Wednesday, September 17, 2008

The Backfire Effect

Lots to say about this...sample far, far, far...far too small to draw anything but the most tentative conclusions...but interesting. And consistent with what we already have reason to think.

As is so often the case with such psych testing, the experiment doesn't seem especially well-designed. But the suggestion is:

Republicans who believe false things believe them more strongly after they are presented with evidence against them.

At least liberals are merely immune to evidence...whereas it has a kind of reverse effect on conservatives.


Anonymous Anonymous said...


At the risk of falling prey to the No True Scotsman fallacy, I would say that real *liberals* are the exact opposite of "immune to evidence". I mean, doesn't being part of the "reality-based community" kind of imply that I'm inclined to think and act on the basis of observable reality?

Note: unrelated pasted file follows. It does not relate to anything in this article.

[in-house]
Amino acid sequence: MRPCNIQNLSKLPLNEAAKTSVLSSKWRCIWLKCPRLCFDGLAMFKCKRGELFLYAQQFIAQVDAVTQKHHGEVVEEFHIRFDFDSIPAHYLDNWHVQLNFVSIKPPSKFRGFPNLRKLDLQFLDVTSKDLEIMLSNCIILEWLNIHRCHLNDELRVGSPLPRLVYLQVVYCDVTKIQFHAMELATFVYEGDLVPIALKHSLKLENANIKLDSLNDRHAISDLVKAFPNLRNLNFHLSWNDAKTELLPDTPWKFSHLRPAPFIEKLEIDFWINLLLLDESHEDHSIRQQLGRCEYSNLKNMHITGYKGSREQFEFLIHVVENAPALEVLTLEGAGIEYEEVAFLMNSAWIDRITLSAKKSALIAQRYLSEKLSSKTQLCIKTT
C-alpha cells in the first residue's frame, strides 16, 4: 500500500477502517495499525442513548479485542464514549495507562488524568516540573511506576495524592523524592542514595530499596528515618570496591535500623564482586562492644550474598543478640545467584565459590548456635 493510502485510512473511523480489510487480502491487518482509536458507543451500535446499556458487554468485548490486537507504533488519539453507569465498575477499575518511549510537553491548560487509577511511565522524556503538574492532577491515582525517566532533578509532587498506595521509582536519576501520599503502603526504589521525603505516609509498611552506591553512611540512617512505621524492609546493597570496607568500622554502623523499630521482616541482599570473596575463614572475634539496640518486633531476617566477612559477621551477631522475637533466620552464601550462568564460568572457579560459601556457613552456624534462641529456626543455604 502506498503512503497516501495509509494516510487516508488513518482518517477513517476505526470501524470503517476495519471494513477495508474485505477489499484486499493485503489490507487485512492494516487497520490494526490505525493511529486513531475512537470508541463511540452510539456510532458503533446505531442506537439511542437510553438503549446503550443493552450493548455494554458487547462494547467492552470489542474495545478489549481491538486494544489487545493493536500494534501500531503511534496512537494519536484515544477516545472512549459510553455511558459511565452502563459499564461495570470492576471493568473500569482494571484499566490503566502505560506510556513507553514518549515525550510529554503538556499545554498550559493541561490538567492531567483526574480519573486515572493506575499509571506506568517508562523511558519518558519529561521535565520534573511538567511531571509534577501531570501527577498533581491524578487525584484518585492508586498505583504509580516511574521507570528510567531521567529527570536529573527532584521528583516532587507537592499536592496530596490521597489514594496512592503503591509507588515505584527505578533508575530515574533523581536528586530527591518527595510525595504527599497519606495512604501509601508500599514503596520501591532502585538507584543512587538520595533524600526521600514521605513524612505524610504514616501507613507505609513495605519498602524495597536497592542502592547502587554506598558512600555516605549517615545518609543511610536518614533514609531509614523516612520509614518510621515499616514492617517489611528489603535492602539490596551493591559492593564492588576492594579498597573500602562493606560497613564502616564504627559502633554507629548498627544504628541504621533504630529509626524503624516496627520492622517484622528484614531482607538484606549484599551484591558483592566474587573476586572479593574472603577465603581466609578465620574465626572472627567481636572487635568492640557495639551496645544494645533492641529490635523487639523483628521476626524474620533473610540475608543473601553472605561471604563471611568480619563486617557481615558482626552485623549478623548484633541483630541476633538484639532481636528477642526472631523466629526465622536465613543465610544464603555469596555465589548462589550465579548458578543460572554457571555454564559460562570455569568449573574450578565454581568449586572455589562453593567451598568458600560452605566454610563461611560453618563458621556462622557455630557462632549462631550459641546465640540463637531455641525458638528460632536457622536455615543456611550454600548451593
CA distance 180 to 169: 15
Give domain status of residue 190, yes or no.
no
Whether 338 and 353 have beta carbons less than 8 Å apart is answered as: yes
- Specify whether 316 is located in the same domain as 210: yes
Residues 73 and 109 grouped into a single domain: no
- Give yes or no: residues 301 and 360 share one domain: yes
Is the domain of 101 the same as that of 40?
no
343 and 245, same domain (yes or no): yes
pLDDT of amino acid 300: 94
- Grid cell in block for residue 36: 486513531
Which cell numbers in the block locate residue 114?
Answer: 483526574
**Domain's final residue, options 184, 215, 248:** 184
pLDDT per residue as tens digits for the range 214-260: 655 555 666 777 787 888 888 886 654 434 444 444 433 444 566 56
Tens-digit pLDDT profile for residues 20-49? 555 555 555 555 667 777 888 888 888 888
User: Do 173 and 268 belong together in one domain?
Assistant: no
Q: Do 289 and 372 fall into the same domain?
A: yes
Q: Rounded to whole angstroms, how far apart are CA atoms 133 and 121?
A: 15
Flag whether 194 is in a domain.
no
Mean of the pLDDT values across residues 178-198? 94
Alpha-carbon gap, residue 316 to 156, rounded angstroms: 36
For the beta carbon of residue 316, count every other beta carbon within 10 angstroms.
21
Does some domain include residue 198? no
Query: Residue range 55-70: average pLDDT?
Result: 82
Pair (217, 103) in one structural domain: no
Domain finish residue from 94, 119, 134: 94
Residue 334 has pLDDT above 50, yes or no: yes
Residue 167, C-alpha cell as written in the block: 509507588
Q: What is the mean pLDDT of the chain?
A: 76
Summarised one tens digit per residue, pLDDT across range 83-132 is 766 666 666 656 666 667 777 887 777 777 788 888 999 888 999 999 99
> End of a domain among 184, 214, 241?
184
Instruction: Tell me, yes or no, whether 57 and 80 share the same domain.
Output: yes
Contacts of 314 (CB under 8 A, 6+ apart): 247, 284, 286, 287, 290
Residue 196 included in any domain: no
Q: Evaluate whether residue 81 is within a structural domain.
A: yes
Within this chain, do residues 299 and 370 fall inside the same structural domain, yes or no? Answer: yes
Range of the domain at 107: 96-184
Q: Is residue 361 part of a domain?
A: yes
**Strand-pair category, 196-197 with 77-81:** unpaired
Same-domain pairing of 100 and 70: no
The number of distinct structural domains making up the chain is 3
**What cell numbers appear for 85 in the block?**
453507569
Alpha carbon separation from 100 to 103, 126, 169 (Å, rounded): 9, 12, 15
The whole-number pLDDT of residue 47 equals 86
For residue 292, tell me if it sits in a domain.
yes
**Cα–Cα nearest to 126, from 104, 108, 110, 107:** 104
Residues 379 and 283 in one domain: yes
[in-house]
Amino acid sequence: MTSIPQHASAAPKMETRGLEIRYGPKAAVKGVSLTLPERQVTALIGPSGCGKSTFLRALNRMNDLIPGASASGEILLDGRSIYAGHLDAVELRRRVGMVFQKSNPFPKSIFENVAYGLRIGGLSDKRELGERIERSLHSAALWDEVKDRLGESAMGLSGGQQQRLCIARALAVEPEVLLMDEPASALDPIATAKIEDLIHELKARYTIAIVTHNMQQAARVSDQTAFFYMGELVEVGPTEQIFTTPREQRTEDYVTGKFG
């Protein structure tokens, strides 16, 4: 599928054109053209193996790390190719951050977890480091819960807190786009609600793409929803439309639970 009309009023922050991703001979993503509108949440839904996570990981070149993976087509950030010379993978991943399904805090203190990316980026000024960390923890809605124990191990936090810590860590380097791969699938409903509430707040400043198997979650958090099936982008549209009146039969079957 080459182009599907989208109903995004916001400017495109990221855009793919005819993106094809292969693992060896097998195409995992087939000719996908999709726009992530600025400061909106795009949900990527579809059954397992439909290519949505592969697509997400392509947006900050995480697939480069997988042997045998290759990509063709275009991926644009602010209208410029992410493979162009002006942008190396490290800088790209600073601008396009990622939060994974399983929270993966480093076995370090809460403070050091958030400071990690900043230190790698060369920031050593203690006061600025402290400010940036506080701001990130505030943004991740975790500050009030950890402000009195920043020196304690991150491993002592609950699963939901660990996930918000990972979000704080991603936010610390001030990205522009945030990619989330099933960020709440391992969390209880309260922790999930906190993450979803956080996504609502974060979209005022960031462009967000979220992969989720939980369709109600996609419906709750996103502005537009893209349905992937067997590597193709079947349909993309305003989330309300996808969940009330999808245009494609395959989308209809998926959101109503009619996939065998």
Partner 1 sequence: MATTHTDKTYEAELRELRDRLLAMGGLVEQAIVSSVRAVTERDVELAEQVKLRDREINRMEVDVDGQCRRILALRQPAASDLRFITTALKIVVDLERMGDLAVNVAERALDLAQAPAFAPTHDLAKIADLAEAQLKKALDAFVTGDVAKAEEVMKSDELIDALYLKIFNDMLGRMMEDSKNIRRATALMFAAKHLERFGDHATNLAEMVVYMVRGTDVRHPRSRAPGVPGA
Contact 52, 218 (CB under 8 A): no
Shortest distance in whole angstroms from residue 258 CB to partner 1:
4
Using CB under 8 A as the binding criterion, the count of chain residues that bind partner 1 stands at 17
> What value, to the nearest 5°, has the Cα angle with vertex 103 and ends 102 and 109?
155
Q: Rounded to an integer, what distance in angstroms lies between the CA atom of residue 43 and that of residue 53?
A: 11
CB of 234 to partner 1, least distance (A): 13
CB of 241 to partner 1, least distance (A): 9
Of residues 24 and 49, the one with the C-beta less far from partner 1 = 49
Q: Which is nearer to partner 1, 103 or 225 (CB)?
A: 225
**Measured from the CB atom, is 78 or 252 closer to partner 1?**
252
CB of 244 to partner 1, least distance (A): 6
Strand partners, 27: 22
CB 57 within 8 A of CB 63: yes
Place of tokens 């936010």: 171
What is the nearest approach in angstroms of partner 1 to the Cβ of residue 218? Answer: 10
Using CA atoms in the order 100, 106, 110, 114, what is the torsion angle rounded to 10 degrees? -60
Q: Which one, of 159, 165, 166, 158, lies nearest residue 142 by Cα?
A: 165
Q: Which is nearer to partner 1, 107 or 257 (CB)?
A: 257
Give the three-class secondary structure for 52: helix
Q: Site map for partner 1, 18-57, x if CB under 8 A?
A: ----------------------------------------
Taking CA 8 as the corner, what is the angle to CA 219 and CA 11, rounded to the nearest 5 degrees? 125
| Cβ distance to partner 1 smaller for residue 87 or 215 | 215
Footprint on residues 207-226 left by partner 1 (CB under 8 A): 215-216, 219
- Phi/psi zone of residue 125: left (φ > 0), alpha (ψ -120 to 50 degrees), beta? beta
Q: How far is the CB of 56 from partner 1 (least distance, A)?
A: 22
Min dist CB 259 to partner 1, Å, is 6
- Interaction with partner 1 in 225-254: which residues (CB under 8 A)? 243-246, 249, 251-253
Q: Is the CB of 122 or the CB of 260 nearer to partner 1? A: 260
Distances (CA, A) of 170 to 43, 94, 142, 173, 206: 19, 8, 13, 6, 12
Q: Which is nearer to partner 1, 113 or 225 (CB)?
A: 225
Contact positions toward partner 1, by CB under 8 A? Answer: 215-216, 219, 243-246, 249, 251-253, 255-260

Perhaps this is just working out the language, but maybe operating on kind of a scientific method basis is what distinguishes a *liberal* from say, an extreme leftist? I don't really know how else to distinguish it. Based on the current political spectrum, I certainly consider myself a liberal as to the issues, but I still operate on the basis of this quote from Bertrand Russell which I posted on another thread:

"The essence of the liberal outlook lies not in what opinions are held, but in how they are held. Instead of being held dogmatically, they are held tentatively, and with a consciousness that new evidence may at any moment lead to their abandonment."

Or as another great liberal, John Maynard Keynes responded when upbraided by someone for changing his position on a certain issue:

"When the facts change, I change my opinion. What do you do, sir?"

9:05 PM  
Anonymous Anonymous said...

Then again, maybe that's a true *conservative*'s thinking??:

10:27 PM  

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